14 nights onboard Sylvia Earle

Jewels of the Arctic

Winners 2022 Best Expedition Cruise Line

Discover Svalbard’s northwest coast and the east coast of Greenland, a land of grand superlatives, before concluding your voyage in Iceland. Zodiac-cruise among spectacular icebergs, spotting seabirds and keeping watch for walrus and polar bears on the ice. Visit Ittoqqortoormiit, one of the most remote settlements on earth, and perhaps take the option of kayaking or rock climbing (additional cost). This expedition ticks many boxes: hikes through the arctic tundra; a chance to spot wildlife including musk ox, seals, whales and elusive arctic fox; and the opportunity to visit fascinating Palaeolithic sites.

Leaving from: Longyearbyen
Cruise ship: Sylvia Earle
Visiting: Longyearbyen Longyearbyen Svalbard Archipelago Svalbard Archipelago
AE Expeditions Logo
AE Expeditions

AE Expeditions is a small Australian cruise line which specialises in off-the-beaten-track voyages led by remote area experts.

The company’s adventurous co-founders, Greg and Margaret Mortimer, established AE Expeditions in 1991 and had by the following year, already begun running voyages to Antarctica

132
Passengers
74
Crew
2021
Launched
7400t
Tonnage
104.4m
Length
18.2m
Width
12kts
Speed
8
Decks
USD
Currency
Cruise Itinerary
Days 1 - 2
Longyearbyen, Svalbard and Jan Mayen
Days 3 - 4
Svalbard Archipelago, Svalbard and Jan Mayen
Days 5 - 14
River travel
Day 15
Reykjavík, Iceland
Longyearbyen, Svalbard and Jan Mayen image
Days 1 - 2
Longyearbyen, Svalbard and Jan Mayen
Longyearbyen is the biggest settlement in Svalbard. Seat of the Norwegian administration, it also has the best services and infrastructure in the archipelago. Located deep in the Adventfjord, a sidearm of the Isfjorden (Icefjord), Longyearbyen’s airport can be used all-year round, but its harbor is blocked by ice in winter. Most shops, hotels, restaurants and a hospital are within easy walking distance of the port. One of the most prominent buildings in town is the UNIS center, where several Norwegian universities have joined forces to operate and offer the northernmost higher education to both Norwegian and international students. Adjacent to UNIS, and well worth a visit, is the Svalbard Museum, covering the natural history and exploitation of Svalbard. Remnants of the former mining activity can be seen all around Longyearbyen and even in town.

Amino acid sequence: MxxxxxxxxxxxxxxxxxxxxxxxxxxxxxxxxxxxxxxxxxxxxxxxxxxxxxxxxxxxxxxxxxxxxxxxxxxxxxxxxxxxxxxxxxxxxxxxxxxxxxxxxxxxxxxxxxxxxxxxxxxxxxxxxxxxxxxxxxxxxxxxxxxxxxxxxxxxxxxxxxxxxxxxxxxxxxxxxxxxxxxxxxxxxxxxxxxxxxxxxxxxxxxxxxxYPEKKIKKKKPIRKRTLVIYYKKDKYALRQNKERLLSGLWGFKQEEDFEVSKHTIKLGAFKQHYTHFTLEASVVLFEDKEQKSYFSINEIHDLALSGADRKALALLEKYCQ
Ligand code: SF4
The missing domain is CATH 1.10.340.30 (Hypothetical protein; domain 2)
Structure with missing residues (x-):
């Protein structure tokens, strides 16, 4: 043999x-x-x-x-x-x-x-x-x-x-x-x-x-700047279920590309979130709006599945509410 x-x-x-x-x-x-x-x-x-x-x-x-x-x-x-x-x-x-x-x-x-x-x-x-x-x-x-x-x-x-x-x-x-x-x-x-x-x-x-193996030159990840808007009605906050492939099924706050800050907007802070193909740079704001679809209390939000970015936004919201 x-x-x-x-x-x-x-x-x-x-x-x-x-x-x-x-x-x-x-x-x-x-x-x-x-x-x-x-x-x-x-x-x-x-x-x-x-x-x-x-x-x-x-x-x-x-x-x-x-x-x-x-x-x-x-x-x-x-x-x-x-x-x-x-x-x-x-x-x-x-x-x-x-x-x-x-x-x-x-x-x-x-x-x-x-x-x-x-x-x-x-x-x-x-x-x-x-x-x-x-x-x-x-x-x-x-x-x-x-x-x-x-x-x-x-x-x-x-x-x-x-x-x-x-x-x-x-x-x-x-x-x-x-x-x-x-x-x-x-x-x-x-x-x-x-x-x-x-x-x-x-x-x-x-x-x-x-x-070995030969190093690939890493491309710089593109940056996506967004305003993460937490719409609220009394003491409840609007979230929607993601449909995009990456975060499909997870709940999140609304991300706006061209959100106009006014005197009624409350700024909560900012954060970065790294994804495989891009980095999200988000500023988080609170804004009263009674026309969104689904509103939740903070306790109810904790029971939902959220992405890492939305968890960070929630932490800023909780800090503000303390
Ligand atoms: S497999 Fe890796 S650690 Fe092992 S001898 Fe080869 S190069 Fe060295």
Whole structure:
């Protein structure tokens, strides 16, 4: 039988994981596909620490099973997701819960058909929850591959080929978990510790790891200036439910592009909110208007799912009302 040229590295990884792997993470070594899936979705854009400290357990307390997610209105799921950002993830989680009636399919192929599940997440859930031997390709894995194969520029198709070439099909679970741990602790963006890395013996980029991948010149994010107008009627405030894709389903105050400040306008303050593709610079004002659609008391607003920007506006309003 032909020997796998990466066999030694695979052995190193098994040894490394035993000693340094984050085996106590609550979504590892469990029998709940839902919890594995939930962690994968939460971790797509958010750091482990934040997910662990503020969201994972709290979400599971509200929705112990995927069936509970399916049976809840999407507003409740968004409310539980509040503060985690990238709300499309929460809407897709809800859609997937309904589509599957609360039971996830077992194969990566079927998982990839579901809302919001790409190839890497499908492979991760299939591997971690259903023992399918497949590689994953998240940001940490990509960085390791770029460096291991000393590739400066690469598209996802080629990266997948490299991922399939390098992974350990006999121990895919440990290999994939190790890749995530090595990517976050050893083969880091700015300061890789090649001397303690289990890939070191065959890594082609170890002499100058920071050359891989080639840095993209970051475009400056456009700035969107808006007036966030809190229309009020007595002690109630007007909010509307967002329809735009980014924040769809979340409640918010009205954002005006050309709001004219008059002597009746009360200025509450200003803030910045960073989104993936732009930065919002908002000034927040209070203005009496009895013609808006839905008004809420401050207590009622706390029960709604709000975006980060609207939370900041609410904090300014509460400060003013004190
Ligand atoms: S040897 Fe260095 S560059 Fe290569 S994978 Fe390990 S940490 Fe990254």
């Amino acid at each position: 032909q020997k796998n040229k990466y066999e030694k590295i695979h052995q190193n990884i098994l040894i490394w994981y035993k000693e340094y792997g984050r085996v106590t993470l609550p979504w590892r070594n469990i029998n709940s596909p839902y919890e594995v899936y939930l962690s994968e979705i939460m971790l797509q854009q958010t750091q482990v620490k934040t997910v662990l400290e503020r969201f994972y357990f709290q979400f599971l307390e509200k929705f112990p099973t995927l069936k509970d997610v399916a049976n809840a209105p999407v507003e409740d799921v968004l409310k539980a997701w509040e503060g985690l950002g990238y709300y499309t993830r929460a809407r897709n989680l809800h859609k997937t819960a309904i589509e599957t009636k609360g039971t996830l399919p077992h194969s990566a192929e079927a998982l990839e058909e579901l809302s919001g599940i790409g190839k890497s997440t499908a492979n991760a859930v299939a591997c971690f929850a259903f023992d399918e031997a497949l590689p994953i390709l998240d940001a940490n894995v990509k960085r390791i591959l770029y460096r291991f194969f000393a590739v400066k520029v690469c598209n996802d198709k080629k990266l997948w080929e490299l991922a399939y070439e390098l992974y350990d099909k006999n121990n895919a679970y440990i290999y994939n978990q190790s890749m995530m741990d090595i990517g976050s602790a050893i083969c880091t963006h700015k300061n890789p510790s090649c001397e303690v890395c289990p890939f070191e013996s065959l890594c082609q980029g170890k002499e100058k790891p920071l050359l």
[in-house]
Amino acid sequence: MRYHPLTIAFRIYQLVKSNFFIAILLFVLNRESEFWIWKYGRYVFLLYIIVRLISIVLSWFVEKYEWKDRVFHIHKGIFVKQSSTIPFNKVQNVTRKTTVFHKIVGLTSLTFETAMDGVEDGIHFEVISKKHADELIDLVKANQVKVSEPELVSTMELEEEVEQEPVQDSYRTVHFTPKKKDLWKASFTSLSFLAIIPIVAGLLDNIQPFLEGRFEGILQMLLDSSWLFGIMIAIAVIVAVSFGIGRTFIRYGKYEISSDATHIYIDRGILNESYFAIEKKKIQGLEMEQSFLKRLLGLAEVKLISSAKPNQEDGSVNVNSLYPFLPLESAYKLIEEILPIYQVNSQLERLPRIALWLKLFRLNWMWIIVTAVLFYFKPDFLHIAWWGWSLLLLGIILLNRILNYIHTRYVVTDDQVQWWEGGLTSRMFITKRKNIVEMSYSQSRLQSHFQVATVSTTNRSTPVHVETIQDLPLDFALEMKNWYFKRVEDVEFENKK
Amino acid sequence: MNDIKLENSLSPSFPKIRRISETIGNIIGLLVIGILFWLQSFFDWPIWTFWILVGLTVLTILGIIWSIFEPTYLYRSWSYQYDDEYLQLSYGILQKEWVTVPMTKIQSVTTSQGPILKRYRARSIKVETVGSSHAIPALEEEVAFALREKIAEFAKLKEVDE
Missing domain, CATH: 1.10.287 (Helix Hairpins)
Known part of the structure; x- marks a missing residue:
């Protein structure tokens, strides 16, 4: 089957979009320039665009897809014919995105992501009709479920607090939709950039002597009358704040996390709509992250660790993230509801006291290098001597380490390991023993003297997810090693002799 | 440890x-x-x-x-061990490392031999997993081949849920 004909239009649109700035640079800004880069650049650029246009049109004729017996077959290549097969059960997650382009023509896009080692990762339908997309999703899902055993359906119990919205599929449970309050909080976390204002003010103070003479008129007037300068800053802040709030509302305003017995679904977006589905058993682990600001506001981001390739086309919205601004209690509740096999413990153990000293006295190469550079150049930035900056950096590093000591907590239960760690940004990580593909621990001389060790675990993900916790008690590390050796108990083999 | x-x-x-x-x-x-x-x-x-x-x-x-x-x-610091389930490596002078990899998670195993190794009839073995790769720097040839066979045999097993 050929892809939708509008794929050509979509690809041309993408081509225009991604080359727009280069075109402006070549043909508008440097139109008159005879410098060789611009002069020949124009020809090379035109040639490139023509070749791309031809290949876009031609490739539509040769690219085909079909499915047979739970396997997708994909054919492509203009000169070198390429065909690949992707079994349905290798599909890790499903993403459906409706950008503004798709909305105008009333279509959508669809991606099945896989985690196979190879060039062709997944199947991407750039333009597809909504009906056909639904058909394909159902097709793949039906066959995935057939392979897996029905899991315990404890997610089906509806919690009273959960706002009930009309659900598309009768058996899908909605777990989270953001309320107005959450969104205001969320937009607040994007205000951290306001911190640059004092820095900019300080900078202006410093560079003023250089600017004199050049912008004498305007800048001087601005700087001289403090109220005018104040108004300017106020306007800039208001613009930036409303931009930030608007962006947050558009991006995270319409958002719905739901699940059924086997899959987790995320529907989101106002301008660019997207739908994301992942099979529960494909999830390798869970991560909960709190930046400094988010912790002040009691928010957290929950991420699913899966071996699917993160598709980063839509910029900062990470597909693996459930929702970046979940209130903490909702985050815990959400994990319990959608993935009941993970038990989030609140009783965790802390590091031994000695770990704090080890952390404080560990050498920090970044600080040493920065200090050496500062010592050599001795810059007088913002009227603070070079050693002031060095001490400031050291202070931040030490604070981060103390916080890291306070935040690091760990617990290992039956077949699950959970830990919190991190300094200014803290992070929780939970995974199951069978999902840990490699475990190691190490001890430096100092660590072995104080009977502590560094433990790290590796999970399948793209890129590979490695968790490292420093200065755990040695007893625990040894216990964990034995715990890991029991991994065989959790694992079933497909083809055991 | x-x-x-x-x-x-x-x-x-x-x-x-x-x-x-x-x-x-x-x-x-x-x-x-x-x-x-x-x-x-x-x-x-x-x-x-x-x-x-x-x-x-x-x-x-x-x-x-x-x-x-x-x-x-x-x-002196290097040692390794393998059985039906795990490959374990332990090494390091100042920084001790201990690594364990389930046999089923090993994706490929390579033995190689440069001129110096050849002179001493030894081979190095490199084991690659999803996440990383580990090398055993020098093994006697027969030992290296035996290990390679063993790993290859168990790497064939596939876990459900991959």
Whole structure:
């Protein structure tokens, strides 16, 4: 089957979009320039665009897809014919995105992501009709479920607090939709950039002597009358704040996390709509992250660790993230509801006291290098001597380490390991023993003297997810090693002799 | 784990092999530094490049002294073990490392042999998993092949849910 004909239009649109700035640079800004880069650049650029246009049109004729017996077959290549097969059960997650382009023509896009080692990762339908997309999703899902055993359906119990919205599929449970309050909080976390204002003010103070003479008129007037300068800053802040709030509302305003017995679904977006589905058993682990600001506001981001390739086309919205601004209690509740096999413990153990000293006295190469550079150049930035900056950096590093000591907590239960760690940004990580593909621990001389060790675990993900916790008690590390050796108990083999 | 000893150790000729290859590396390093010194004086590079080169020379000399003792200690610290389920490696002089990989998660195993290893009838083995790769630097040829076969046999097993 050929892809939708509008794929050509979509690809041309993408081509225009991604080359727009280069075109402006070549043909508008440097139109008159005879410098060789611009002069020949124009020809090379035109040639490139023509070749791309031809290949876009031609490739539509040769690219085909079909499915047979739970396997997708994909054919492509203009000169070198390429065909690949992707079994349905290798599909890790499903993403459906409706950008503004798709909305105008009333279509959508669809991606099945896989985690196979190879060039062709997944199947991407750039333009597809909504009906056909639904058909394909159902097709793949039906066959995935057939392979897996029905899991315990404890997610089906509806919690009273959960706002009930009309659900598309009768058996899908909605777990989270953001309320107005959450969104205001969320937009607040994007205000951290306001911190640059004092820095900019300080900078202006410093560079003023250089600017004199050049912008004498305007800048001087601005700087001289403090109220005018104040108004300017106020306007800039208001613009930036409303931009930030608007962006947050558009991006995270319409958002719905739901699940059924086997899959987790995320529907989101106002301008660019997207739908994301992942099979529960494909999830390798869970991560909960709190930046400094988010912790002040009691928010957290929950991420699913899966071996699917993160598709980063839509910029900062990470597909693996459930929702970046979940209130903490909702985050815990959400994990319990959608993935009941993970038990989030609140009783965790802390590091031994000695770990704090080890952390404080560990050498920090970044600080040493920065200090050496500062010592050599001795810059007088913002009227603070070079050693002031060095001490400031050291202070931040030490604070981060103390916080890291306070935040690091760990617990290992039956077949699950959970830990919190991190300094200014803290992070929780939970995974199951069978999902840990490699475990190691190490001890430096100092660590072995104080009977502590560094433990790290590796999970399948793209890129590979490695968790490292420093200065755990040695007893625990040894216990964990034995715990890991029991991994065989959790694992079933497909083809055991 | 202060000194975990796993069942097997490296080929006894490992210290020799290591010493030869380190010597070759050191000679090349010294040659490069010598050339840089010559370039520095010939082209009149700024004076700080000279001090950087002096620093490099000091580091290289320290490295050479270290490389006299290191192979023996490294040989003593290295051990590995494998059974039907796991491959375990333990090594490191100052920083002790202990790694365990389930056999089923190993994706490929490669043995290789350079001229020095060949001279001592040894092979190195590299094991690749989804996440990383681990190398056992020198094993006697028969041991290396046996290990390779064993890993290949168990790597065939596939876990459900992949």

Svalbard Archipelago, Svalbard and Jan Mayen image
Days 3 - 4
Svalbard Archipelago, Svalbard and Jan Mayen
A flexible itinerary allows us to take advantage of favorable ice and weather conditions to travel through the northern stretches of Svalbard to points visited by famous polar explorers such as Andrée, Amundsen and Nobile. Destinations might include the narrow waterways and striking mountains of Krossfjord and Raudfjord. The ship may visit the historic settings of Ny Alesund, Ny London or Amsterdamoya. And of course, we hope to see distinctly Arctic wildlife from walrus hauled out in noisy groups on remote shorelines, to reindeer grazing alpine slopes, and from ptarmigan in their camouflaged hiding places, to mighty polar bears striding the shores in search of their next meal.
River travel image
Days 5 - 14
River travel
Reykjavík, Iceland image
Day 15
Reykjavík, Iceland
Sprawling Reykjavík, the nation's nerve center and government seat, is home to half the island's population. On a bay overlooked by proud Mt. Esja (pronounced eh-shyuh), with its ever-changing hues, Reykjavík presents a colorful sight, its concrete houses painted in light colors and topped by vibrant red, blue, and green roofs. In contrast to the almost treeless countryside, Reykjavík has many tall, native birches, rowans, and willows, as well as imported aspen, pines, and spruces.Reykjavík's name comes from the Icelandic words for smoke, reykur, and bay, vík. In AD 874, Norseman Ingólfur Arnarson saw Iceland rising out of the misty sea and came ashore at a bay eerily shrouded with plumes of steam from nearby hot springs. Today most of the houses in Reykjavík are heated by near-boiling water from the hot springs. Natural heating avoids air pollution; there's no smoke around. You may notice, however, that the hot water brings a slight sulfur smell to the bathroom.Prices are easily on a par with other major European cities. A practical option is to purchase a Reykjavík City Card at the Tourist Information Center or at the Reykjavík Youth Hostel. This card permits unlimited bus usage and admission to any of the city's seven pools, the Family Park and Zoo, and city museums. The cards are valid for one (ISK 3,300), two (ISK 4,400), or three days (ISK 4,900), and they pay for themselves after three or four uses a day. Even lacking the City Card, paying admission (ISK 500, or ISK 250 for seniors and people with disabilities) to one of the city art museums (Hafnarhús, Kjarvalsstaðir, or Ásmundarsafn) gets you free same-day admission to the other two.
Ship Details
AE Expeditions
Sylvia Earle

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